Mum gives birth three years after being told she had just months to live with cervical cancer — and was infertile – The Sun

A MUM has given birth three years after being told she had just months to live with cervical cancer — and was infertile.

Helen Dixon, 35, started looking for a surrogate after chemotherapy made the tumour stop growing.

She had two daughters from a previous relationship — Lucy, 20, and Hannah, 13 — and wanted a son with husband Paul.

Helen, of Leeds, was stunned to fall pregnant naturally. She had 3lbs 5oz Harvey George via emergency Caesarean and the tot spent 16 days in hospital before being allowed home.

She said: “The doctors didn’t expect me to last this long and had said I couldn’t get pregnant. They were shocked.

Helen said: “It was really strange. One day I woke up and I said 'I feel really pregnant'.

“I was scared, excited and nervous at the same time. I was rushed for an emergency scan and found out I was over three and a half weeks gone.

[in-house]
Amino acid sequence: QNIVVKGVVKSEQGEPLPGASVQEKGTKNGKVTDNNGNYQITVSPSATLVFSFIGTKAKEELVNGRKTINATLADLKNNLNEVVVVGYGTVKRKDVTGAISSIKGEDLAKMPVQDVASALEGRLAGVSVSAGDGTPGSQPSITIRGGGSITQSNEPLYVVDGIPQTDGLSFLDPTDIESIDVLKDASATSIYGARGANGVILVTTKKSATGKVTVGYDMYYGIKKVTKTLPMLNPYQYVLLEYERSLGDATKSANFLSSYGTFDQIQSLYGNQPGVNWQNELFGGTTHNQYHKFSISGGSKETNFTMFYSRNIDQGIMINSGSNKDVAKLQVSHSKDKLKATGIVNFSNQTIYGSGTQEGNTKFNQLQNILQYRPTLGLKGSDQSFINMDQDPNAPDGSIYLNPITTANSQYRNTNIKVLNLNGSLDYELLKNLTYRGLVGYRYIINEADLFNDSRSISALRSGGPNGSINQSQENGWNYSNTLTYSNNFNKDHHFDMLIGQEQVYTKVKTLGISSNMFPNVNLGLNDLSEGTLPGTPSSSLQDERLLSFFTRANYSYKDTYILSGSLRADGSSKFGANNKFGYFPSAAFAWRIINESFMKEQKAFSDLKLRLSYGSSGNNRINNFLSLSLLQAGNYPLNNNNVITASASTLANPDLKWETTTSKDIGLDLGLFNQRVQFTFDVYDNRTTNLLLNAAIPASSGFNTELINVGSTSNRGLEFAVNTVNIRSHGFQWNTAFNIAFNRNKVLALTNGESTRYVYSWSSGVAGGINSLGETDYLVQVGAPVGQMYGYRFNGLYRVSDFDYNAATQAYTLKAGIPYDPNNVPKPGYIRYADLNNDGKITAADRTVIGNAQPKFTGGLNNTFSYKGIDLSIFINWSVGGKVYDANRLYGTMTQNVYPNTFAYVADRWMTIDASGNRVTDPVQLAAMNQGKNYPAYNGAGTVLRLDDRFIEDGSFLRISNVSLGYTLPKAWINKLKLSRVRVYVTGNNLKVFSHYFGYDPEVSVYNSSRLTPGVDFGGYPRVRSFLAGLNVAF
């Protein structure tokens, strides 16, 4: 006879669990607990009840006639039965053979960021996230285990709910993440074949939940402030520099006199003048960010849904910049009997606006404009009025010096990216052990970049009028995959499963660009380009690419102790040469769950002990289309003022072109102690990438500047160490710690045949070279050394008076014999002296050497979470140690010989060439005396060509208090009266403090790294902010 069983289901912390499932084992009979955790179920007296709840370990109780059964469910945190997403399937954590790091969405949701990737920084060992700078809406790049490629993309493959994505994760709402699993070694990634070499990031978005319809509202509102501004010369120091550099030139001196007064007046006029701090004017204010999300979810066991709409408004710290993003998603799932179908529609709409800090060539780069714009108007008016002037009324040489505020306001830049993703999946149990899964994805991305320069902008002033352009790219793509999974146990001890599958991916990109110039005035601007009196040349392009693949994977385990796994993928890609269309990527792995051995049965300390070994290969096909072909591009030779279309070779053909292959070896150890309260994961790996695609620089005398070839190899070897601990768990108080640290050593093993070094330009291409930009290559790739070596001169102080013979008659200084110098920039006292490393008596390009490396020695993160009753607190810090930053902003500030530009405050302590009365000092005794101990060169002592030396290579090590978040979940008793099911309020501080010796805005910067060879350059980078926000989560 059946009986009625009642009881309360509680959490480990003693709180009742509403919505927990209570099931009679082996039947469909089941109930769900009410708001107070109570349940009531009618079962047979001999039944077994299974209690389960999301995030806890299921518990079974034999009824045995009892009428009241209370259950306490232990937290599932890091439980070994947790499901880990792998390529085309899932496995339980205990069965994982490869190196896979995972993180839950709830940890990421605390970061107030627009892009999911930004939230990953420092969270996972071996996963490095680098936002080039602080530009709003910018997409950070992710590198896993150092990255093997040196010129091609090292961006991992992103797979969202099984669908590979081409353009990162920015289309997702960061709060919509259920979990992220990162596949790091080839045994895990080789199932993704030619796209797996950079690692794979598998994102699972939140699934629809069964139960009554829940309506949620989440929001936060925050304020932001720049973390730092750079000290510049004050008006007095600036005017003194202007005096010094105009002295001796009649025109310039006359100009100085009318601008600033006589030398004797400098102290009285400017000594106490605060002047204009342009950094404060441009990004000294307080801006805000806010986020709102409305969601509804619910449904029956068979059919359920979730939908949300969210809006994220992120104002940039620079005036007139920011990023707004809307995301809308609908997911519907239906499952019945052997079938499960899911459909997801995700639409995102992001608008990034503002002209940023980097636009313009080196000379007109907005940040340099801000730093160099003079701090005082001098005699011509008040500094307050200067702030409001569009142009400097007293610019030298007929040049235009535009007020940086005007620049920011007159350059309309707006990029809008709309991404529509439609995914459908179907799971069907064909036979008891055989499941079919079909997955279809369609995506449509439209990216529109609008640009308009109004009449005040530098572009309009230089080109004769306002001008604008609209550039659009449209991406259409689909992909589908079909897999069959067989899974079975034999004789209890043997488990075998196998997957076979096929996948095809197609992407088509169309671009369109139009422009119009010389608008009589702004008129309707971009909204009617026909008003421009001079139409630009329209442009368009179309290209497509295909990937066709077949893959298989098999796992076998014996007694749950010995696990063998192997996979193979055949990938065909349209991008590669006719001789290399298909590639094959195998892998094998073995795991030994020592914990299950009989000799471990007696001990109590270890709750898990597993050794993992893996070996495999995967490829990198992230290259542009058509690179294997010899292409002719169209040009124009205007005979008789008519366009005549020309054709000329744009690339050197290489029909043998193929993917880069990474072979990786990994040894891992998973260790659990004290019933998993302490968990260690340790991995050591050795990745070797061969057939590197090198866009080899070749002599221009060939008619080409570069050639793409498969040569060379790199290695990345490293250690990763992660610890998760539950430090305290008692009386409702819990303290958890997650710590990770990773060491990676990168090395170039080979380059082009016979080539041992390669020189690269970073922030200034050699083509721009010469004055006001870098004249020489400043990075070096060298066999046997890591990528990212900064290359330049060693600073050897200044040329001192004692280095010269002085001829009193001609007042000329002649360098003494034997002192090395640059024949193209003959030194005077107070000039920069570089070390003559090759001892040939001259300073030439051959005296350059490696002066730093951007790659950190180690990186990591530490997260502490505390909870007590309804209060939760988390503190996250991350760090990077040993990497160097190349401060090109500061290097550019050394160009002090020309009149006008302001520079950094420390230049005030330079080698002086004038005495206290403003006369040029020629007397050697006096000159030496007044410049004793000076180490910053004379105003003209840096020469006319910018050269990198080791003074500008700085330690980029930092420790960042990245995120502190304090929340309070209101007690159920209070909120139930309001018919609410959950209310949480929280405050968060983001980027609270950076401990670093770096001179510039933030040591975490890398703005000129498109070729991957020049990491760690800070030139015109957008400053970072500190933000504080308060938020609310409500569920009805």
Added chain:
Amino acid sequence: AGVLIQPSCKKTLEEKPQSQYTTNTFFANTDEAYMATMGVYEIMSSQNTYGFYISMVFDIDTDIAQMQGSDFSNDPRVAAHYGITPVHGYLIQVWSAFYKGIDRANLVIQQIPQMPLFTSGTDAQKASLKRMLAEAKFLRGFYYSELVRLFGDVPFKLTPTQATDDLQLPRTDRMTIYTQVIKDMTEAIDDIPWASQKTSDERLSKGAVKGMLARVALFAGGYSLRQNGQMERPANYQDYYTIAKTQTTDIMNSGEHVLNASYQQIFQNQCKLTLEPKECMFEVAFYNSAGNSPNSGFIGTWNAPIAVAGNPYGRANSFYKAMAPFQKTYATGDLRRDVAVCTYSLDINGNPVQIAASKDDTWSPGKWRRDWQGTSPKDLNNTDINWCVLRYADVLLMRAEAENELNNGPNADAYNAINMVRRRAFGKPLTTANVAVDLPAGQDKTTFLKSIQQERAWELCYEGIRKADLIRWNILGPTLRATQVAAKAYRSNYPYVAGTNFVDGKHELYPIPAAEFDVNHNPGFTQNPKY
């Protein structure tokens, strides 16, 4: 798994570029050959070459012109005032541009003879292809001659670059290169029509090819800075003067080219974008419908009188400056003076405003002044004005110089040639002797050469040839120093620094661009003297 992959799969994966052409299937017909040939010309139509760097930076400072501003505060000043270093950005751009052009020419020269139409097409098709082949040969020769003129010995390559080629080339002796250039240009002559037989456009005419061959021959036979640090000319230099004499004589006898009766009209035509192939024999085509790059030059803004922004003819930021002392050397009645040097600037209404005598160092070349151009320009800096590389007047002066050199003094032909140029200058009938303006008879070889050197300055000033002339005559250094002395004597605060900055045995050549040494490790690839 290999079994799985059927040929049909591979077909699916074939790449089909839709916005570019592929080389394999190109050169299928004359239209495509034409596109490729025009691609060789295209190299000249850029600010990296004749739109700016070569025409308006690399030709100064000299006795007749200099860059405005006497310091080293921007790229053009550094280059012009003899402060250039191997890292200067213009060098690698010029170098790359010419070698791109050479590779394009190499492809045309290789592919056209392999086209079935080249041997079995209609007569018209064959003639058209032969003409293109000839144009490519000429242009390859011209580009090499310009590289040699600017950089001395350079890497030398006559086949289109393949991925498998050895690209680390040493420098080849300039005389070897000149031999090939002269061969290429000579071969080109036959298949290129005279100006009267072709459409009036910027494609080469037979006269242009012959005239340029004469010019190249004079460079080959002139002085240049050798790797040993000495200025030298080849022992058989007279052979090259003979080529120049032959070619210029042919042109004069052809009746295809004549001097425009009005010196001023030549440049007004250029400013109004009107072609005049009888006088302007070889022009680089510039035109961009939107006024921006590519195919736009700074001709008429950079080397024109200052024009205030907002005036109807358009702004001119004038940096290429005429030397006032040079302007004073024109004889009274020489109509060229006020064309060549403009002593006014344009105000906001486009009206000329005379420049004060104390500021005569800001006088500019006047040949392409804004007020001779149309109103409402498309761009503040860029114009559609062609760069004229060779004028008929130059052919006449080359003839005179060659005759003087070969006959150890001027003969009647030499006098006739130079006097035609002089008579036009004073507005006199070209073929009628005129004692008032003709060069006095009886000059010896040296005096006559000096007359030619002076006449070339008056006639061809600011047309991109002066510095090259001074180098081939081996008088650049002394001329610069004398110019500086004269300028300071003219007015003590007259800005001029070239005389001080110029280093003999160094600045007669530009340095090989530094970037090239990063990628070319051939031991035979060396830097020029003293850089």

“We were hoping for a boy and he’s made the family complete. He’s our little miracle.”

Helen, of Leeds, West Yorks, fell ill in 2015. At first doctors thought her symptoms were the result of a miscarriage but a smear revealed she had cervical cancer.

She was then told she had only months to live.

Doctors expect Helen’s cancer to return and her diagnosis remains incurable.  Paul, 43, said: “She’s such a fighter, that’s where I get my strength.

“I would have cracked up if she hadn’t been so positive and strong.

“On my bad days she’s lifted me back up again. She wouldn’t give up.

“We’re just enjoying life together while we can.”


  •  The symptoms of cervical cancer aren't always obvious, and it may not cause any symptoms at all until it's reached an advanced stage
  • In most cases, vaginal bleeding is the first noticeable symptom of cervical cancer. It usually occurs after having sex
  • Bleeding at any other time, other than your expected monthly period, is also considered unusual
  • If you've had an abnormal cervical screening test result, or your symptoms suggest that you may have cervical cancer, your gynaecologist will usually carry out a colposcopy. This is an examination to look for abnormalities in your cervix
  • The NHS advises women to visit their GP for advice if they experience any type of unusual vaginal bleeding

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